Rep. Bill Young, R-Fla., the House Appropriations Defense subcommittee chairman, said he will not seek re-election next year. (Alan Lessig / Staff)
WASHINGTON — Another longtime and powerful ally of the Pentagon and US defense sector is retiring after nearly four decades in Congress.
House Appropriations Defense subcommittee Chairman Bill Young, R-Fla., announced Wednesday he will not seek re-election in November 2014. The 82-year-old Young’s pending departure comes a few months after another Pentagon and defense sector ally, Senate Armed Services Committee Chairman Carl Levin, D-Mich., announced his retirement.
Young made the announcement via an article published in the Tampa Bay Times.
“It’s my time,” Young told the Florida newspaper. He has been at the Walter Reed National Military Medical Center since Friday after a back injury.
Young told the newspaper that the coming rehabilitation from that injury and his desire to spend time with his family were among the reasons he decided to step aside.
He was first elected to the House in 1976, and in one memorable 2011 exchange argued in open session with then-Defense Secretary Robert Gates about an Army vehicle contract. At that time, Gates was nearly untouchable on Capitol Hill.
Young, when asked by the Times if Washington’s political environment also was a factor, said: “I’m a little disappointed. It seems there’s too much politics. It’s a different Congress.”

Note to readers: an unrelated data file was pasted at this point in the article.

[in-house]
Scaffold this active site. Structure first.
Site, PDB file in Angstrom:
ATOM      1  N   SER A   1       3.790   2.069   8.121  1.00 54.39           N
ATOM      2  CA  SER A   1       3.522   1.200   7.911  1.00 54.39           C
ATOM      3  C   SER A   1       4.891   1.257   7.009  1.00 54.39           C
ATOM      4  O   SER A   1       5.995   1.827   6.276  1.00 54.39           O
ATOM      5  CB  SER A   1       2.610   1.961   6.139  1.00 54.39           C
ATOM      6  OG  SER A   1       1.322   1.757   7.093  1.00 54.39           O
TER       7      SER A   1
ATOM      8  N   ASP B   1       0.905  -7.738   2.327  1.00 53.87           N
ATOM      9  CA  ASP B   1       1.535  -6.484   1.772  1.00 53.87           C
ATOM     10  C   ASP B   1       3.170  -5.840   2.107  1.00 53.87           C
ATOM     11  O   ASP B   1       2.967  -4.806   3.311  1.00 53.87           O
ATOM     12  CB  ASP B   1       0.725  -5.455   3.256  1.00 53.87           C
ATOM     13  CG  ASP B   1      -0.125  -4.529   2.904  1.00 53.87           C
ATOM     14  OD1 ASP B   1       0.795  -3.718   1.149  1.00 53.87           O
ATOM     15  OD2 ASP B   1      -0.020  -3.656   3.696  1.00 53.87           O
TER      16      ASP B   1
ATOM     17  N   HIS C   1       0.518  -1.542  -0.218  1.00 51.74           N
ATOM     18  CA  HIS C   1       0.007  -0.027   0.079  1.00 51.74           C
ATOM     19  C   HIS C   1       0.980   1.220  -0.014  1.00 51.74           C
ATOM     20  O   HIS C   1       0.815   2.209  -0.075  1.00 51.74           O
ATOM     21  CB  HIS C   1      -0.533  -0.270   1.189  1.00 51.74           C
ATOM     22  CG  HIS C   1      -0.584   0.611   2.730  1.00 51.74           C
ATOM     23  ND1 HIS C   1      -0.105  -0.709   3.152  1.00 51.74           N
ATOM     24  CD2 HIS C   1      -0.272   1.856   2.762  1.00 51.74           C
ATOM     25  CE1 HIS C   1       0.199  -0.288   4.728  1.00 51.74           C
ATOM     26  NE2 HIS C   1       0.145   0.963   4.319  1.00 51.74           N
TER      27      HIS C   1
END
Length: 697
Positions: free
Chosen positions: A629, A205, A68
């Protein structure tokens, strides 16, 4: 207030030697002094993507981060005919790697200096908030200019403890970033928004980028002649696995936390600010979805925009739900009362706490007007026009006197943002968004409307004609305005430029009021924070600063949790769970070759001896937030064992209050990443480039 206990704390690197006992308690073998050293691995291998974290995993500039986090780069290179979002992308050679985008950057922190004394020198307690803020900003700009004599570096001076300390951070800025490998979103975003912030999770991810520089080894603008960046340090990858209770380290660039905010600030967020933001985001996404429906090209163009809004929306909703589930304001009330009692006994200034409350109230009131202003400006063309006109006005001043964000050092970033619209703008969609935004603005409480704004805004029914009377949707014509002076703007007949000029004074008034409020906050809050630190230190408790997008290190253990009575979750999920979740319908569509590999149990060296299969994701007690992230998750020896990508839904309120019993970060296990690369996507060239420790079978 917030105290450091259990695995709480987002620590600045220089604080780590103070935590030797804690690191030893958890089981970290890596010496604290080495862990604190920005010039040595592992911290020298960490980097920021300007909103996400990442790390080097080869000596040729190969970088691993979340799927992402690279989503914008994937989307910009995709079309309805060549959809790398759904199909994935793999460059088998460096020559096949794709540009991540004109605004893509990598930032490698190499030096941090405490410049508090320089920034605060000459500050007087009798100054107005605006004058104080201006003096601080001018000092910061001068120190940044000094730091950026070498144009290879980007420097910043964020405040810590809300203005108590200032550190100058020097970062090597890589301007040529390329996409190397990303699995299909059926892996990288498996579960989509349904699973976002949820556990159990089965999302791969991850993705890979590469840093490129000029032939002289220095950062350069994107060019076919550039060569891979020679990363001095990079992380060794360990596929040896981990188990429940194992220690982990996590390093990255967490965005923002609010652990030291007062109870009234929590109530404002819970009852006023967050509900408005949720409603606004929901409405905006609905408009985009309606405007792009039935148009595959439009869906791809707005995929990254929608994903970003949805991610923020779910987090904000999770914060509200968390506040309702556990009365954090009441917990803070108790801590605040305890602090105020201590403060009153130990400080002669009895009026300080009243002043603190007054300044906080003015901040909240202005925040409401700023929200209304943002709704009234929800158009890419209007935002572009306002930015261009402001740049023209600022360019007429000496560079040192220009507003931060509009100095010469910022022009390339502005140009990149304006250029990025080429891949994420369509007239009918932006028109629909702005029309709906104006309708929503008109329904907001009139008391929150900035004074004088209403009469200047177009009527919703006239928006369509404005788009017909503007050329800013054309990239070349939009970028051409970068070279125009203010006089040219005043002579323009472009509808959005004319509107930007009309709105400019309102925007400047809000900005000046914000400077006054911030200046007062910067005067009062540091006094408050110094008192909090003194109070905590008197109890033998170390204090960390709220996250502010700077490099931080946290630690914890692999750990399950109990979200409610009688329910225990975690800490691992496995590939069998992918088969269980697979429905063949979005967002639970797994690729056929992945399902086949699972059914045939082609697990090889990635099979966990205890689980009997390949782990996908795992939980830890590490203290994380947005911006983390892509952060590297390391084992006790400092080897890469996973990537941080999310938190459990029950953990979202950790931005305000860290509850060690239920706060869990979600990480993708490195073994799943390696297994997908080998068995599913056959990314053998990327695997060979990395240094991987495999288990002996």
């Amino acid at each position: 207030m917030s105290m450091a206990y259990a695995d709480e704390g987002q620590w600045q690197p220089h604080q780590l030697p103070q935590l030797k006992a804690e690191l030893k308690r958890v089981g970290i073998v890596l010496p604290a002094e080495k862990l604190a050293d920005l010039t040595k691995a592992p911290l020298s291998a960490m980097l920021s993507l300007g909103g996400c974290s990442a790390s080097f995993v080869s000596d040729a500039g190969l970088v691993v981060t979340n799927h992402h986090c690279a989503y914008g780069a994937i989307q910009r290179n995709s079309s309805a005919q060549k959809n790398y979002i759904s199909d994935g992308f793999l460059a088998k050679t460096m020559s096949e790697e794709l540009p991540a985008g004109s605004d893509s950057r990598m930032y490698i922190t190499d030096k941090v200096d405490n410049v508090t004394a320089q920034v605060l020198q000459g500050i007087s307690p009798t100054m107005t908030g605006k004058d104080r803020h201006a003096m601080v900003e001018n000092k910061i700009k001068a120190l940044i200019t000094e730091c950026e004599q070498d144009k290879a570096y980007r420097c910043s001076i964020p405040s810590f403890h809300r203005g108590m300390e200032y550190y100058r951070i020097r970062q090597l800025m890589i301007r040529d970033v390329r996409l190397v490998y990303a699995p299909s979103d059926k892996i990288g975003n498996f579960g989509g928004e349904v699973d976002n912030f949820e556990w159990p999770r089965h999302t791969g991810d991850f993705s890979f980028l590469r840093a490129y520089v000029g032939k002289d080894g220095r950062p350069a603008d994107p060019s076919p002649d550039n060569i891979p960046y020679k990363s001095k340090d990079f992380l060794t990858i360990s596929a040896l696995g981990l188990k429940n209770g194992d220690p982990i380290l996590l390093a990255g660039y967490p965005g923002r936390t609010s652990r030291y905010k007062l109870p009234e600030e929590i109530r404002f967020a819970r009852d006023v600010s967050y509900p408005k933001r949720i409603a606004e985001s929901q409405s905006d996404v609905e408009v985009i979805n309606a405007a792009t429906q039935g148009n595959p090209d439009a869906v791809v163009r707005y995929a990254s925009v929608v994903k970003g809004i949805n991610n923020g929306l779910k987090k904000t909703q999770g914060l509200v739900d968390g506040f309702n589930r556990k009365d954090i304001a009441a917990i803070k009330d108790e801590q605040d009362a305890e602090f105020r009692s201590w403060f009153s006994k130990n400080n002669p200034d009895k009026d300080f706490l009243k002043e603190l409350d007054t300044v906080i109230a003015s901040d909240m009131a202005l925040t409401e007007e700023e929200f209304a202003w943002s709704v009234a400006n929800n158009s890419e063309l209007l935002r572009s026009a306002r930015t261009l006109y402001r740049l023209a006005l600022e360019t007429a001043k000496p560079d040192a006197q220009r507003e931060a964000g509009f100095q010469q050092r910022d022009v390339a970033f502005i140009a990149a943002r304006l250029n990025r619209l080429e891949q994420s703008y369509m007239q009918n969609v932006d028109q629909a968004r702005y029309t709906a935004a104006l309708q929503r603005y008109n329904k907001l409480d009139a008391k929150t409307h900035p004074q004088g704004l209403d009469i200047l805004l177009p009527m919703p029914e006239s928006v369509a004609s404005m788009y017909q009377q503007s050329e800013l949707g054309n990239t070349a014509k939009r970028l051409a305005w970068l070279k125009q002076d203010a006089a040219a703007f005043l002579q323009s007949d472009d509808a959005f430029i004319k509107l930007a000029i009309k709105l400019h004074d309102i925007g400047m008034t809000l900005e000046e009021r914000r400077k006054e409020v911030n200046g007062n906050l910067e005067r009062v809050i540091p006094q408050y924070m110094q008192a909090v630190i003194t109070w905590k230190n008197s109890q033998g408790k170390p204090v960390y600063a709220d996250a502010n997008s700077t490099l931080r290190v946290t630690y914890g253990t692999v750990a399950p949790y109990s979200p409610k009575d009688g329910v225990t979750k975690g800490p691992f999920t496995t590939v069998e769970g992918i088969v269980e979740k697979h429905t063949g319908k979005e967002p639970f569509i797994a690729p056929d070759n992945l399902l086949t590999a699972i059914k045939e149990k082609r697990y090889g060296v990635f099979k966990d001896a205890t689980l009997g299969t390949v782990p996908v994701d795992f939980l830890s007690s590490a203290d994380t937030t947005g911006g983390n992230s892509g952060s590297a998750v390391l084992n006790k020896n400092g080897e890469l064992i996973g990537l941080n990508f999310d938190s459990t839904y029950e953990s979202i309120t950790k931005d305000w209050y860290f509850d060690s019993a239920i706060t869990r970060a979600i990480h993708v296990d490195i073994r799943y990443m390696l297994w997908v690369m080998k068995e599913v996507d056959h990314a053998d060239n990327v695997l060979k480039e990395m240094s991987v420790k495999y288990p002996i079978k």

The veteran lawmaker recently broke with most members of the House Republican conference by signaling he would vote for a continuing resolution that did not target President Barack Obama’s signature health care reform law.
And in one interview, he acknowledged the tea party wing of the caucus is “pretty much in charge right now.”
Subcommittee chairmanships typically are handed out based upon seniority. The next four Republicans on the panel, in terms of seniority, are: Frank Wolf of Virginia, Jack Kingston of Georgia, Rodney Frelinghuysen of New Jersey and Tom Latham of Iowa.
Kingston and Frelinghuysen are current members of the Defense subcommittee.
Late last week, as the House voted on a tea party-backed government funding bill that was instantly DOA in the Senate, Young sat, as he often did, just off the chamber floor.
Sitting alone in his wheelchair in front an ornate fireplace in the Speaker’s Lobby, with other members and reporters buzzing around him, Young appeared to be sleeping.